The final section of the questionnaire assessed psychological distress using a short version of the General Health Questionnaire (GHQ-12) . Each item was rated on a four-point Likert-like scale ranging from “0 = less than usual” to “3 = much more than usual.” The scoring method ‘0-0-1-1’ has been suggested as it is believed to help eliminate biases resulted from respondents who tend to choose responses 0 and 3 or 1 and 2 . The mean score for the whole study population was used as the cut-off to define lower (GHQ-12 ≤ 3) and higher (GHQ-12 > 3) levels of psychological distress as it provides a rough guide to the best threshold . Cronbach’s alpha among MSM in this study was 0.78.
EpiData version 3 (Odense, Denmark) was used for double data entry. χ 2 test, (or Fisher’s exact test when sample sizes were small) and Student’s t-test were used to compare socio-demographic characteristics, self-rated overall health and quality of life, self-perception of HIV risk, substance use, and sexual behaviors among MSM who had a lower level of psychological distress (GHQ-12 ≤ 3) with those among MSM who had a higher level of psychological distress (GHQ-12 > 3). To control for the effects of potential confounding factors, a multivariable logistic regression model was constructed. First, all variables associated with significant levels of psychological distress in bivariate analyses at a level of p < 0.2 were simultaneously included in the model. We then removed variables with a p-value > 0.05 from the model and the model was refitted. We repeated the steps until all p-values of the remaining variables were <0.05 in the final model. Adjusted odds ratio (AOR) were obtained and presented with 95 % confidence intervals (CI) and p-values. SPSS version 22 (IBM Corporation, New York, USA) was used for all statistical analyses.
Written informed consent was obtained from each participant after they were made clear that participation in this study was voluntary, and they could refuse or discontinue their participation at any time. We protected privacy of the respondents by conducting the interviews at a private place and we did not collect any personal identifiers in the questionnaires or field notes. This study was approved by the National Ethics Committee for Health Research of the Ministry of Health, Cambodia (Reference no. 082NECHR).
This study included 394 MSM with a mean age of 23.7 (SD = 3.2). The majority of the respondents (90.1 %) were never married and the mean year of their formal education completed was 9.5 (SD = 3.2). Over half of the respondents (57.9 %) identified themselves as males and their average income in the past month was US$210 (SD = 629). Regarding their self-perception of HIV risk, 35.5 % responded that the level of their HIV risk was higher, while 46.7 % responded that it was lower, than that in the general population. Regarding their mental conditions, 10.7 % reported having suicidal thoughts and 6.6 % reported having attempted to commit suicide in the past three months. Overall, 38.8 % had a higher level of psychological distress (GHQ-12 > 3), which indicates poor mental health.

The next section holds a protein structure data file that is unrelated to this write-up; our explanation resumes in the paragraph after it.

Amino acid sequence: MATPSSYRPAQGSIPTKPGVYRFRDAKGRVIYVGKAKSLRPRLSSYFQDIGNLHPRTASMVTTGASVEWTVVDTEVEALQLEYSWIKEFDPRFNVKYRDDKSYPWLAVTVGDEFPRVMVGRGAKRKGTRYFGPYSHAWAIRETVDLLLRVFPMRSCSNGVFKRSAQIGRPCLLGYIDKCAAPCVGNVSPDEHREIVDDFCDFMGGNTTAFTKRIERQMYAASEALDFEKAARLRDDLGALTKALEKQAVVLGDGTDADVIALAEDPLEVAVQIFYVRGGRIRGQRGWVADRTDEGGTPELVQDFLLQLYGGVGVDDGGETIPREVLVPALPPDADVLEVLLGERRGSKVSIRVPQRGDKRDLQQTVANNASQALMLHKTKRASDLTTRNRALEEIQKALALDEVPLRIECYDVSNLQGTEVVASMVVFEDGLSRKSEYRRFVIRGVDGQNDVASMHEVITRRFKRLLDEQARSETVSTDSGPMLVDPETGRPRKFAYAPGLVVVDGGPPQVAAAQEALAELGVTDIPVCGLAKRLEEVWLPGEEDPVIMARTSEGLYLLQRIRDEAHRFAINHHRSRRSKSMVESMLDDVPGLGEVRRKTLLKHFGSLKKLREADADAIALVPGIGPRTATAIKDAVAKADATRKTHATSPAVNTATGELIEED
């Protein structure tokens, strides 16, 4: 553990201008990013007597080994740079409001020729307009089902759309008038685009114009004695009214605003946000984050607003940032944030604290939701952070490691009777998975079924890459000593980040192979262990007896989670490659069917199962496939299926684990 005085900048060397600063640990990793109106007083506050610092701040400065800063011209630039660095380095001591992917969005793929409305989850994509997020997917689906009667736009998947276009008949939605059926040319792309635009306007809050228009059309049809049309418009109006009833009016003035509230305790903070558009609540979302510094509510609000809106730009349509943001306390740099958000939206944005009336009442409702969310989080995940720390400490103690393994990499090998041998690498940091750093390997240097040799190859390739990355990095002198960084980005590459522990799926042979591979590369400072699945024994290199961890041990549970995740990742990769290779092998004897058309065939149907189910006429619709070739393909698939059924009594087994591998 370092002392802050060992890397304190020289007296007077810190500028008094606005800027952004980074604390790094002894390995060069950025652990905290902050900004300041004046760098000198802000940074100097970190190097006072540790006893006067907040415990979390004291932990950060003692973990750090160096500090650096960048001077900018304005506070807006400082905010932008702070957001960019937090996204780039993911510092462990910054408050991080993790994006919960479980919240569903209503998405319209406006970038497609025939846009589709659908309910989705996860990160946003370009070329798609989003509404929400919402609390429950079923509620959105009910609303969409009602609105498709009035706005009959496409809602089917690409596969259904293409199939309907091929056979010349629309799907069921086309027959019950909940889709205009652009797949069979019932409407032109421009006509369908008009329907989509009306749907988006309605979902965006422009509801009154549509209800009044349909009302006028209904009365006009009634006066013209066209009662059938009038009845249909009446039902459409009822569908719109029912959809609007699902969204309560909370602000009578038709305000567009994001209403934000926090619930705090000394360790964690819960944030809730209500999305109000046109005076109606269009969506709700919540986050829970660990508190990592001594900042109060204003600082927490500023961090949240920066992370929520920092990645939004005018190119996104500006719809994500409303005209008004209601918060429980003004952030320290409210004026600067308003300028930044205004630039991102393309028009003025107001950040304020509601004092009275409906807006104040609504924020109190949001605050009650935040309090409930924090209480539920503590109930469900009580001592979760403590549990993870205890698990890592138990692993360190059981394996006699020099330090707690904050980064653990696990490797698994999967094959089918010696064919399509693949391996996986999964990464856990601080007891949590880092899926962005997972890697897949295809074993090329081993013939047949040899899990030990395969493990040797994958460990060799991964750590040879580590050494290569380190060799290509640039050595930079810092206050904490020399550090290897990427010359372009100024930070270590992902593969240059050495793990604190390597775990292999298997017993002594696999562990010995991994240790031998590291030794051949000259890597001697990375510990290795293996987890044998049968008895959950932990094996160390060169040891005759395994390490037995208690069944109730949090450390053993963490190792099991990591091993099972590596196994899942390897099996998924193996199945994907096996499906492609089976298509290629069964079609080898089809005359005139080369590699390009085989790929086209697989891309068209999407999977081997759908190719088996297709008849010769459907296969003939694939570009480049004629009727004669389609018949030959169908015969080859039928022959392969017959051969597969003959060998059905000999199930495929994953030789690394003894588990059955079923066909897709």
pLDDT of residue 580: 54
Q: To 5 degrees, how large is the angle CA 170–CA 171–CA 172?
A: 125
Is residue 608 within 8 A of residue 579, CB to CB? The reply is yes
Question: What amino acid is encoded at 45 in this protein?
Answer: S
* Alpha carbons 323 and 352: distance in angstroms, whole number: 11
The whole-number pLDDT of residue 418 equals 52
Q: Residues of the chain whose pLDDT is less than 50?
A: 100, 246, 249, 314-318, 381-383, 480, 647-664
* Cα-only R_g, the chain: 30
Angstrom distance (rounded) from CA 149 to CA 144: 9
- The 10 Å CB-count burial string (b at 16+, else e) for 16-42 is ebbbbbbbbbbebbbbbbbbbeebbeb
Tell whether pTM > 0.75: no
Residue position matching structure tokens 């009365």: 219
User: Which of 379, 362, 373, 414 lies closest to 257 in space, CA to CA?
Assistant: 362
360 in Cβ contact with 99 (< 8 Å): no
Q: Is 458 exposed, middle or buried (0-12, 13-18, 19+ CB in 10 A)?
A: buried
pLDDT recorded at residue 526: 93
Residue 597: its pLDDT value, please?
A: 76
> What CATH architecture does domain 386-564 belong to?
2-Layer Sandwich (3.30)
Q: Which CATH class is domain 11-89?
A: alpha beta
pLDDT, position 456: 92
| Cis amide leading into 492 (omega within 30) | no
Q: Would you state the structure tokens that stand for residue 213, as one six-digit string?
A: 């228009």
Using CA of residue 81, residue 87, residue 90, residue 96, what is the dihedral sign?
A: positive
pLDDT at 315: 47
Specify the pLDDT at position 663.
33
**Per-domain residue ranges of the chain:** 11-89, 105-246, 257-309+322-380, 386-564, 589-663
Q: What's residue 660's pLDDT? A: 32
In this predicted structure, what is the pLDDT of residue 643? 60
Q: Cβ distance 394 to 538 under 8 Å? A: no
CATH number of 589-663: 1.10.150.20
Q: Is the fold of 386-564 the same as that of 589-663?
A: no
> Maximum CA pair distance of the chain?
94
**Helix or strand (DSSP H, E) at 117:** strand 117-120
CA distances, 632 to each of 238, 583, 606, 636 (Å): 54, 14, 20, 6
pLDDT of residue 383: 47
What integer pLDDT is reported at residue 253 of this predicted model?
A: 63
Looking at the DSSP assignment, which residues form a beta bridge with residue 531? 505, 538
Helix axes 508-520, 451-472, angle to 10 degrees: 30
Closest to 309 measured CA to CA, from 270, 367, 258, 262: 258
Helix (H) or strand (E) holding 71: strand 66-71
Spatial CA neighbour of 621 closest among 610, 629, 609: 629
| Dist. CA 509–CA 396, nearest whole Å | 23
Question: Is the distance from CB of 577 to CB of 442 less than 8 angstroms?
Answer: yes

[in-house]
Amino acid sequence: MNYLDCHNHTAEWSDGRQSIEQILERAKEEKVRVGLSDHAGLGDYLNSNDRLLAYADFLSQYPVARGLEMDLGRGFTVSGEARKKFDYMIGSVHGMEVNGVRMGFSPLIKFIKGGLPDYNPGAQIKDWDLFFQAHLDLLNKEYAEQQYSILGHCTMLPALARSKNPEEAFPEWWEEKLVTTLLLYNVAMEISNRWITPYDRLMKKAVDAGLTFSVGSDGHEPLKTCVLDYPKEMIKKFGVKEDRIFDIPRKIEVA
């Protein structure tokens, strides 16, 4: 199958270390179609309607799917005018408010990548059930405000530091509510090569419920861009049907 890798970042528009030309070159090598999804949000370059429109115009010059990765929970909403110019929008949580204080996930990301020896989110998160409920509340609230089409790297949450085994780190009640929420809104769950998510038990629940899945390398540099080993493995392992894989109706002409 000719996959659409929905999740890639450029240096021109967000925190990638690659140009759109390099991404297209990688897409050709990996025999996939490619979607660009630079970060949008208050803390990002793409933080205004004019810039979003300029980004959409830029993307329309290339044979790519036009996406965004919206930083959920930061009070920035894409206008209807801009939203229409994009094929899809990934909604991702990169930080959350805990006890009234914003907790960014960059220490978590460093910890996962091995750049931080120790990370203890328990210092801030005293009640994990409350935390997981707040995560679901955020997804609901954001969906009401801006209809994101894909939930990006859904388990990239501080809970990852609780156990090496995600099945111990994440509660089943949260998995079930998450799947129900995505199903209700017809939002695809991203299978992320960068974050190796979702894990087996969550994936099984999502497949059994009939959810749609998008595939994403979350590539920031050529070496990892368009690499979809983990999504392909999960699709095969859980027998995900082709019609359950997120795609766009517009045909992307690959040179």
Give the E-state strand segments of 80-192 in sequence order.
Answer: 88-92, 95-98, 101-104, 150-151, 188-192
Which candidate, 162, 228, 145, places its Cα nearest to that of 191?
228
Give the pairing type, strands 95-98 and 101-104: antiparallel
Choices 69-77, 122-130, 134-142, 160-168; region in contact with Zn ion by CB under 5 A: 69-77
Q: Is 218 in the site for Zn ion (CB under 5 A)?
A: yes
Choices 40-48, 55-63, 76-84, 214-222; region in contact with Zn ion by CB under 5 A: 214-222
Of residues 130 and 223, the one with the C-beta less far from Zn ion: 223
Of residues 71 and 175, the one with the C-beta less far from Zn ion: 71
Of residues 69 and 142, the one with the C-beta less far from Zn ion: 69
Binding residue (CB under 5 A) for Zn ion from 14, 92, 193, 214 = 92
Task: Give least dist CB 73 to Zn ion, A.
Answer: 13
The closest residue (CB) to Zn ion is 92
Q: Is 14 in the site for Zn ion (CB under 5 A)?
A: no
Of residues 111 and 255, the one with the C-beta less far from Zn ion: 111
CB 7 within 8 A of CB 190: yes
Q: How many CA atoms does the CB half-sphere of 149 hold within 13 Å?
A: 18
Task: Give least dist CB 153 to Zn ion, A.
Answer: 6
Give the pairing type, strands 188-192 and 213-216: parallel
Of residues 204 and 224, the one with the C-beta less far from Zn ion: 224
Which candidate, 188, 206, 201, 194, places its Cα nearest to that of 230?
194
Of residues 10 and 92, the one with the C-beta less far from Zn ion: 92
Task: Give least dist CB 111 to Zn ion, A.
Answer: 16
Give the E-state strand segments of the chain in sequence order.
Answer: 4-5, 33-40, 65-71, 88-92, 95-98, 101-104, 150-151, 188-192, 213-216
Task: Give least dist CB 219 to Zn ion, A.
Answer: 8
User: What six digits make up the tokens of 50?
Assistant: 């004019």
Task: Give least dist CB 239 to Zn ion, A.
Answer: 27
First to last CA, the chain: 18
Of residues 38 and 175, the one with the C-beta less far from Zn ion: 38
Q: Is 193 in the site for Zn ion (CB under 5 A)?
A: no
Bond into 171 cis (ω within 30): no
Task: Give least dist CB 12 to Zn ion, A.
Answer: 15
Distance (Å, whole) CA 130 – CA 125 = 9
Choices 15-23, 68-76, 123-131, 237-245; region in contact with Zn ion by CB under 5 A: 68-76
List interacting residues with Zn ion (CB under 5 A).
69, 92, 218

Comparisons of characteristics of MSM with a lower and higher level of psychological distress
Total GHQ-12 score
(n = 394)
≤3 (n = 241)
>3 (n = 153)
Mean age (in year)
23.7 ± 5.2
23.1 ± 4.8
24.8 ± 5.7
Years of formal education completed
9.5 ± 3.2
9.8 ± 3.1
9.1 ± 3.3
Married and living together
Average income in the past month (USD)
210 ± 629
168 ± 505
275 ± 784
Duration living in current city (in months)
232 ± 106
225 ± 98
244 ± 117
Self-perception of HIV risk compared to the general population
Self-rated overall health
Neither good nor poor
Self-rated quality of life
Neither good nor poor
Ever thought to commit suicide
Ever attempted to commit suicide
Comparisons of substance use among MSM with a lower and higher level of psychological distress
Substance use in the past 3 months
Total GHQ-12 score
(n = 394)
≤3 (n = 241)
>3 (n = 153)
Drank at least a full glass or one can of alcohol
Mean number of days getting drunk (past month)
5.1 ± 6.7
8.4 ± 9.0
8.2 ± 5.8
Smoked at least 100 cigarettes in lifetime
Mean number of cigarettes smoked per day
8.3 ± 7.6
8.4 ± 9.0
8.2 ± 5.8
Used any kinds of illicit drugs (past three months)
Sexual behaviors and HIV/STI testing
Comparisons of sexual behaviors and HIV/STI testing among MSM with a lower and higher level of psychological distress
Sexual behaviors in the past 3 months
Total GHQ-12 score
(n = 394)
≤3 (n = 241)
>3 (n = 153)
Mean number of sex partners
3.9 ± 5.4
3.8 ± 5.7
4.0 ± 5.0
Used a condom in the last sex
Had sex with girlfriends
Mean number of girlfriends you had sex with
1.7 ± 1.1
1.7 ± 1.0
1.9 ± 1.2
Used a condom in last sex with girlfriends
Had sex with boyfriends
Mean number of boyfriends you had sex with
2.4 ± 3.8
2.3 ± 3.5
2.6 ± 4.3
Used a condom in last sex with boyfriends
Had anal sex with boyfriends
Used condom in last anal sex with boyfriend
Sold sex to men
Used condom when selling sex last time
Tested for HIV in the past 6 months
Been diagnosed with an STI
Adverse childhood experiences and family dysfunction
Comparisons of adverse childhood experiences and family dysfunction among MSM with a lower and higher level of psychological distress
Adverse childhood experiences and family dysfunction
Total GHQ-12 score
(n = 394)
≤3 (n = 241)
>3 (n = 153)
Adverse childhood experiences (ACEs)
Physically hurt that needed medical care
Family member said hurtful or insulting things to me
Someone touched me in a sexual way